Add the kernel boot parameter
to the palo command line and replace the numbers in this example with the ISA
IRQs you need for your cards.
- How do I configure my HIL-, PS/2- and USB-keyboard and mouse
for the console and X11?
All Linux kernels greater than version 2.4.18-pa45 - including all 2.6 Kernels -
use the standard Linux input layer to access HIL-, PS/2 and USB keyboards and mice:
To use your HIL-, PS/2- or USB-mouse with gpm modify your /etc/gpm.conf config file:
To use your HIL-, PS/2- or USB-mouse with X-Windows (X11), configure either your
/etc/X11/XF86Config-4 or /etc/X11/xorg.conf config file with following values:
Alternatively you might download
this XF86Config-4 file
and adjust the resolution and screen color depth
as described here
and store your new config file to the /etc/X11/ directory.
#Option "XkbLayout" "de"
Option "Device" "/dev/input/mice"
Option "Protocol" "ImPS/2"
Option "ZAxisMapping" "4 5"
- How to enable my PS/2 mouse and keyboard with Linux Kernel 2.6 ?
In the 2.6 kernel series, we switched from a PA-RISC-only
PS/2 mouse/keyboard driver to the standard Linux kernel PS/2
mouse and keyboard drivers. Hence, in order to get your PS/2
mouse/keyboard, which is either directly connected to your system
or via a HIL&PS2-HUB, to work you'll have to enable
in addition to
You don't need these options for non-HIL PS/2 devices:
- Can I run a 64-bit kernel on my machine?
First ask yourself: Why do I need to run a 64-bit kernel?
Since parisc-linux does not yet support 64-bit userspace, there is
no advantage to be gained running a 64-bit kernel on a machine with less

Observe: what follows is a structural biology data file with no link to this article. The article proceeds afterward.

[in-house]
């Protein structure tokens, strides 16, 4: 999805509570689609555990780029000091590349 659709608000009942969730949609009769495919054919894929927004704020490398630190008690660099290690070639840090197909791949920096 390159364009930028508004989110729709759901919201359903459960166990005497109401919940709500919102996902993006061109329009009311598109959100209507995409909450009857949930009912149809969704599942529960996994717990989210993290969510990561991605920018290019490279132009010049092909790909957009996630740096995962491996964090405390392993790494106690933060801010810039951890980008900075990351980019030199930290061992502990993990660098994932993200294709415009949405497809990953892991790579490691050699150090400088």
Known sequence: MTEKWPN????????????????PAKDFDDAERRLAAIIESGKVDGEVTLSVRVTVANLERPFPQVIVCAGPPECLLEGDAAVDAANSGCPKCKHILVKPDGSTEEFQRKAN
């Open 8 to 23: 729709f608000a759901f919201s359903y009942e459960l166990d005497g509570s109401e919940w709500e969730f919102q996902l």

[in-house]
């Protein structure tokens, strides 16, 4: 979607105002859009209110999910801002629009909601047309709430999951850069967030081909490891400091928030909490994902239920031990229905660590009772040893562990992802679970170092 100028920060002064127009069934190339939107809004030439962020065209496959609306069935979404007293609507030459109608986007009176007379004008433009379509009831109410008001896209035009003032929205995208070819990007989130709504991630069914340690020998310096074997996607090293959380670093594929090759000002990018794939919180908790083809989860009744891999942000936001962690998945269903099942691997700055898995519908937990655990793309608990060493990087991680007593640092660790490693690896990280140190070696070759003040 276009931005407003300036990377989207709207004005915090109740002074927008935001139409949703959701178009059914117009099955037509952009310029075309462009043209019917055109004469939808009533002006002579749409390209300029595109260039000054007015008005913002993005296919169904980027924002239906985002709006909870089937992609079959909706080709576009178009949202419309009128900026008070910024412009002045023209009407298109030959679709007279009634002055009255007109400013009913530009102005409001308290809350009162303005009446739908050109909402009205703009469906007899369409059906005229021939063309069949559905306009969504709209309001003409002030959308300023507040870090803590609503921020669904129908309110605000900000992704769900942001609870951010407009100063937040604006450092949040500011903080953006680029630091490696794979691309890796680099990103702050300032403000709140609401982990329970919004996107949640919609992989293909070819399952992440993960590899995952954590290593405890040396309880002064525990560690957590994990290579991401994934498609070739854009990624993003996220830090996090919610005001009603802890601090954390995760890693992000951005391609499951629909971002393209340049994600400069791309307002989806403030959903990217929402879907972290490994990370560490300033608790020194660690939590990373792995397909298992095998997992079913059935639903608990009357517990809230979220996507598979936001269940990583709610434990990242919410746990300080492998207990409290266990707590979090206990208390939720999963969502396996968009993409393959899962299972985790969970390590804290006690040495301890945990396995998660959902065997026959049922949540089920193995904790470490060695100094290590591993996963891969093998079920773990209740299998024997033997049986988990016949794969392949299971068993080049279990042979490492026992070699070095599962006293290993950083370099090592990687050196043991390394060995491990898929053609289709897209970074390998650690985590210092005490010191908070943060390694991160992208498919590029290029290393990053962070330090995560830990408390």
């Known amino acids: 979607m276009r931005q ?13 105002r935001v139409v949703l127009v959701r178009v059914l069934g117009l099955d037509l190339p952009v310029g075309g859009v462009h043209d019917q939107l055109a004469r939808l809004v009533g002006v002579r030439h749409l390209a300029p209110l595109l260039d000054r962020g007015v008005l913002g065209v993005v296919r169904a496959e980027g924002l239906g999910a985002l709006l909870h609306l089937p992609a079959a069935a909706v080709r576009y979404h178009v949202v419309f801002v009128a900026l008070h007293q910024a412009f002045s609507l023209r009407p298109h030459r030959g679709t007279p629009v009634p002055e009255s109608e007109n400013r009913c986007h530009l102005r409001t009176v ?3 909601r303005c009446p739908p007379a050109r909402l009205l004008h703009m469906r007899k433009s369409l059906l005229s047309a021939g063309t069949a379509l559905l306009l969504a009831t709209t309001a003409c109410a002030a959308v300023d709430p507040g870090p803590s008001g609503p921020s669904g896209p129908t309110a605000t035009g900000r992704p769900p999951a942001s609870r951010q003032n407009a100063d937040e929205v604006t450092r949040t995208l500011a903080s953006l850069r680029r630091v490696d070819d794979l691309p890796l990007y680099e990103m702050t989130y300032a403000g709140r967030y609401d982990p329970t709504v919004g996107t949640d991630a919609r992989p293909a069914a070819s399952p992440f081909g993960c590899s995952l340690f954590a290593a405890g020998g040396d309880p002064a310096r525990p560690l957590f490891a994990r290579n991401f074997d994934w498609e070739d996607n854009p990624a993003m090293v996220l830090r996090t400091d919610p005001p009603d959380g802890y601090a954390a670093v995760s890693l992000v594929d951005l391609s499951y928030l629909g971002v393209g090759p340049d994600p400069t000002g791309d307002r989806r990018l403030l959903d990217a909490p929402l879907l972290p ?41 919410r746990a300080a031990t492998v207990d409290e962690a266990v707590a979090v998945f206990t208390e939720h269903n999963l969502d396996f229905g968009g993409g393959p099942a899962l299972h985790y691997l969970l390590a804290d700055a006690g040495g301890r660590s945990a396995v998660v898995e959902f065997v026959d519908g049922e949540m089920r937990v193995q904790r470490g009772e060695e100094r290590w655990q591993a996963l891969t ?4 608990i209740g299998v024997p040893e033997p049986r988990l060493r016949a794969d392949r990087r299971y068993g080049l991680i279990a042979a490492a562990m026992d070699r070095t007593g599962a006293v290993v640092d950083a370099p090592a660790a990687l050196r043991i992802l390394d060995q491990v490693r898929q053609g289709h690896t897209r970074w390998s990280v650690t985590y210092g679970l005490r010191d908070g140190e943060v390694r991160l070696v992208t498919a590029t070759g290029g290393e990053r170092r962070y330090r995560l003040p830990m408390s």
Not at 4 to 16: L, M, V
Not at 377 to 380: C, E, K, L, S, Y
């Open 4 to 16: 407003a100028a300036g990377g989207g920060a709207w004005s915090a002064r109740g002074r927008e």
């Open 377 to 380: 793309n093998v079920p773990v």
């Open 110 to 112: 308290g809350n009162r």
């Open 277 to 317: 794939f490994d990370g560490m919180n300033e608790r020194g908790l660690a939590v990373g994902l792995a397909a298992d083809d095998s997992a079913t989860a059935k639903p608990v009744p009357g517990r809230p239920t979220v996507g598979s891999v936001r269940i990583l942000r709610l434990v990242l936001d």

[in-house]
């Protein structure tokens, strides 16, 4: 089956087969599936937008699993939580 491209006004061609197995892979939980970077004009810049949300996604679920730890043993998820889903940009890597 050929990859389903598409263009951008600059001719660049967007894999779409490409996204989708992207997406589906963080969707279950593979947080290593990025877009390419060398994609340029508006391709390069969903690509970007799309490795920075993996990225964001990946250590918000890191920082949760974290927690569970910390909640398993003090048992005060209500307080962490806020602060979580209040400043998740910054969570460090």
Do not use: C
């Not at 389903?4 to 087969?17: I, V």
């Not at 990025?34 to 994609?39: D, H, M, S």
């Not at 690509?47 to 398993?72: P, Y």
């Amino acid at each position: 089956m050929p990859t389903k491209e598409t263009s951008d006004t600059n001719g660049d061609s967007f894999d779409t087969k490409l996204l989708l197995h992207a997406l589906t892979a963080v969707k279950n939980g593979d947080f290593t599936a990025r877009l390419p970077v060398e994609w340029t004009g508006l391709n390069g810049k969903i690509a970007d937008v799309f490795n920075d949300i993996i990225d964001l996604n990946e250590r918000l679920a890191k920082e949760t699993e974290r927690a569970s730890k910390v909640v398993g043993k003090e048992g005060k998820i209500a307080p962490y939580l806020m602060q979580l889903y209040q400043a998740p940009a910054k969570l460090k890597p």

than 3.5GB of memory. In fact, there are many disadvantages including
more potential bugs, bigger data structures, slightly less performance
on many common workloads.
Only PA-RISC 2.0 CPU can run a 64-bit kernel (aka `wide mode').
Check /proc/cpuinfo if you already have linux booted.
Or check firmware output at power up time. Systems running the CPU
clock speed slower than 160Mhz are PA 1.x and faster than 180Mhz are PA 2.0.
Systems between 160Mhz and 180Mhz are either PA 1.1 (PCX-L2, eg C160L) or
PA 2.0 (PCX-U, eg C160).
Platform firmware also determines the type of kernel which can be used:
- 64-bit Only : A500, L/N-class, rpXXXX, Superdome servers,
and all PA-8800 CPUs must run a 64-bit kernel.
- Dual Mode : B2000/C3000, similar J-class workstations and
PA 2.0 D/K/R-class system firmware can be called from either 32-bit
or 64-bit mode.
- 32-bit Only : Workstations up to and including the J2240/C360
and servers of D/R-class have 32-bit firmware.
For those who do want to test 64-bit kernels on PA 2.0 machines with 32-bit
firmware, recent 2.6 64-bit kernels will auto-detect the firmware type and
switch to the correct `mode' (wide or narrow). Older kernels need to be
built with the special configuration option `32-bit PDC' appropriately set.